Of course, the fact that we now have air conditioning for the Summer will make everyone more comfortable.

I pray that you are thrilled with how our renovated church has turned out. More importantly, I pray that our new church will be a rich source of blessing for you, your children and grandchildren. I again thank you for your generosity and sacrifice, which made all this possible, and I know that those parishioners who will come to the Holy Mass in the future will thank you, just as we thank those who fifty years ago first built the Parish of Holy Trinity that we love. God’s blessings upon you and your family!

Fr. John Hilton and Fr. Carlos Bello

Editor’s note: Click the embedded links for more about Holy Trinity Parish in Westminster and this remodeling project. Thank you to Allan Eckert, Dave Koski and Nancy Thompson for the images.

Happy Easter 2011!

Hat tip: Colleen Hammond

Before (2007):

Long Before (original circa 1966):

During (November 2009):

During (January 2010):

After (Far):


For more views of our project, see our Picture of the Day list.

In today’s bulletin, Father Hilton writes:


During my sermon last weekend I said that our new altar is called a “Tomb Altar.” Why? Because it is shaped as a tomb, and this is one of the earliest types of altar in the Catholic Church, because they were built over the relics of the saints who were martyred for love of Christ. Many of you know that every altar in old Catholic churches contained a relic of a martyr saint, and then, when persecutions ceased, of other saints, such as St. Catherine of Siena, St. Francis of Assisi, and St. Charles Borromeo. Sometimes cities would fight over the right to bury a saint under their altars; for instance, if a saint was born in one town but died in another, both places would claim “ownership” of the relics. Why was this so important? Possibly because of a passage in the Bible. In fact, St. John, in Revelation 6:9 tells us that “I saw under the altar the souls of the them that were slain for the word of God, and for the testimony which they held.”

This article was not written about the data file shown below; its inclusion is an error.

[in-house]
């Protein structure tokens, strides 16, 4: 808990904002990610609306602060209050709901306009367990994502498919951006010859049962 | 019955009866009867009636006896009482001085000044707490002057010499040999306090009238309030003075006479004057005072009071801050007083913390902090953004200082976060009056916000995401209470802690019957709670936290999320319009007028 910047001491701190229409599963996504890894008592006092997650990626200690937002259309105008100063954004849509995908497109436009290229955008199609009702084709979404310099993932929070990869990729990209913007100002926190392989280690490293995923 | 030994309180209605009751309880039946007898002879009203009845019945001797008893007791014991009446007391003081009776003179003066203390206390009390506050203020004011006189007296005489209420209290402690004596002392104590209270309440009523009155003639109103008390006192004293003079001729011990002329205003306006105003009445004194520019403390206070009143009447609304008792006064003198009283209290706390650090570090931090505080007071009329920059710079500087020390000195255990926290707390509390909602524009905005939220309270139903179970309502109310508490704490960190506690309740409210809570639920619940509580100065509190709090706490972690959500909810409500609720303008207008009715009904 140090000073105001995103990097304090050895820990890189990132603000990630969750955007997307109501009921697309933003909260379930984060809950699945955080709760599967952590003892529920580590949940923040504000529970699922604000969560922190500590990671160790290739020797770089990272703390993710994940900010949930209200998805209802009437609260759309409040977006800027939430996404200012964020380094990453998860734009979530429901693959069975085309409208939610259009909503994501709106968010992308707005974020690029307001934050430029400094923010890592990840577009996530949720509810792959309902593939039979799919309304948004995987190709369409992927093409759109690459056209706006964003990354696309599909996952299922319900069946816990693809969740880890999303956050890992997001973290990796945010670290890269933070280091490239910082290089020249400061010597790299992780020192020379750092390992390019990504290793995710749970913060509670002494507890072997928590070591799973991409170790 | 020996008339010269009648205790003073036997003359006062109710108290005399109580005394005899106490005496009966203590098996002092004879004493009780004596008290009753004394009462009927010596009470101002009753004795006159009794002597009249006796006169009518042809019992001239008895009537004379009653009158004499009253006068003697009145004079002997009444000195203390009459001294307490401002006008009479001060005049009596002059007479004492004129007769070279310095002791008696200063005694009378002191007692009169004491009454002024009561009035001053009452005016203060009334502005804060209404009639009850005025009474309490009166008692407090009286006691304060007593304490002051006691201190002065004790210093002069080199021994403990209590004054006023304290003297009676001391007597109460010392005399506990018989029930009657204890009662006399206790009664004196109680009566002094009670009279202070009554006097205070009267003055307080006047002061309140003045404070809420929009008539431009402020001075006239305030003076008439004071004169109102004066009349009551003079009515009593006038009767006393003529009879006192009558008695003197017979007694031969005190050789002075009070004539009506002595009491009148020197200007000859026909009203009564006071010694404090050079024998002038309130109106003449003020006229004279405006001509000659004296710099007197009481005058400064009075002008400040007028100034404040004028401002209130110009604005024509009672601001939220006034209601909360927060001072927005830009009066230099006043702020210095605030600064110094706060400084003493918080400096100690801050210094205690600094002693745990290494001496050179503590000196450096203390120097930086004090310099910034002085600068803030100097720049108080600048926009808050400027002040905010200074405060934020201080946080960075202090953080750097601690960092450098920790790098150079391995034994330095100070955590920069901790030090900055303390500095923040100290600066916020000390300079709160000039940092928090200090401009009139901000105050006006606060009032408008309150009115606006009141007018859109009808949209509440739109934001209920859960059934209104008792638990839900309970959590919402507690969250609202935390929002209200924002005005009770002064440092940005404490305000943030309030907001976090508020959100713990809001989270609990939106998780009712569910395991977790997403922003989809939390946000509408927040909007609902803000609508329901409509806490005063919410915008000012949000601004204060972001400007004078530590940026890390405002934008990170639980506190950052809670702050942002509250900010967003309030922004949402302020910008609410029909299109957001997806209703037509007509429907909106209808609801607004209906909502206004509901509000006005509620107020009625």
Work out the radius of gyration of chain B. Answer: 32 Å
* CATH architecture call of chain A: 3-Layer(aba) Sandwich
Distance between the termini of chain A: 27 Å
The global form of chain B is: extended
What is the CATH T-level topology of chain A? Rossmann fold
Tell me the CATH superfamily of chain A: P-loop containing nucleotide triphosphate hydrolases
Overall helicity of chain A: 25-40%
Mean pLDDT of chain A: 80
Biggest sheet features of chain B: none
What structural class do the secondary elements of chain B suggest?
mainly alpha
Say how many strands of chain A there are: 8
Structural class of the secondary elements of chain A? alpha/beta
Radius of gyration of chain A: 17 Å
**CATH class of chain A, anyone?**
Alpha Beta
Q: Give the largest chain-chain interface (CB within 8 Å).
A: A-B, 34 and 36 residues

In fact, it is probable that this Revelation verse was the reason why Pope Felix I, in 279 A.D. decreed that “Mass should be celebrated above the tombs of martyrs.” This practice was so taken to heart by the people that, beginning in the middle ages it was a rule that no altar could be consecrated unless it contained a relic or relics.

With the development of the relic-custom the square box shape of an “altar-tomb” became the norm, and gradually the original table-shaped form disappeared. The altar then, became not only the most sacred place in the church because it was the place where bread and wine would be transubstantiated into the precious Body and Blood of Christ; it was also the resting place of those who had either been martyred for the sake of Christ, or who had shown heroic Christian virtues during their lives (the saints). That’s why these altars were crafted with great care, using the best of materials. Anyone going to pilgrimage in Europe or in the Holy Land will be able to see altars made even of gold and silver. Such an altar still remains in in the Cathedral of Saint Ambrose at Milan, dating from the 9th century.

Our new altar, at Holy Trinity, is not quite as elaborate as that, but it is beautifully made of marble, and a relic of St. Charles Borromeo (whose body lies in state in a crystal urn, which forms the base of an altar in the crypt of the Cathedral of Milan) rests within it. Thus we also, at Holy Trinity, can say that the words of Revelations apply to us: “I saw under the altar the souls of them that were slain for the word of God, and for the testimony which they held.” While St. Charles did not spill his blood to give witness to God, his life was certainly a powerful witness to the love which he bore for the Lord.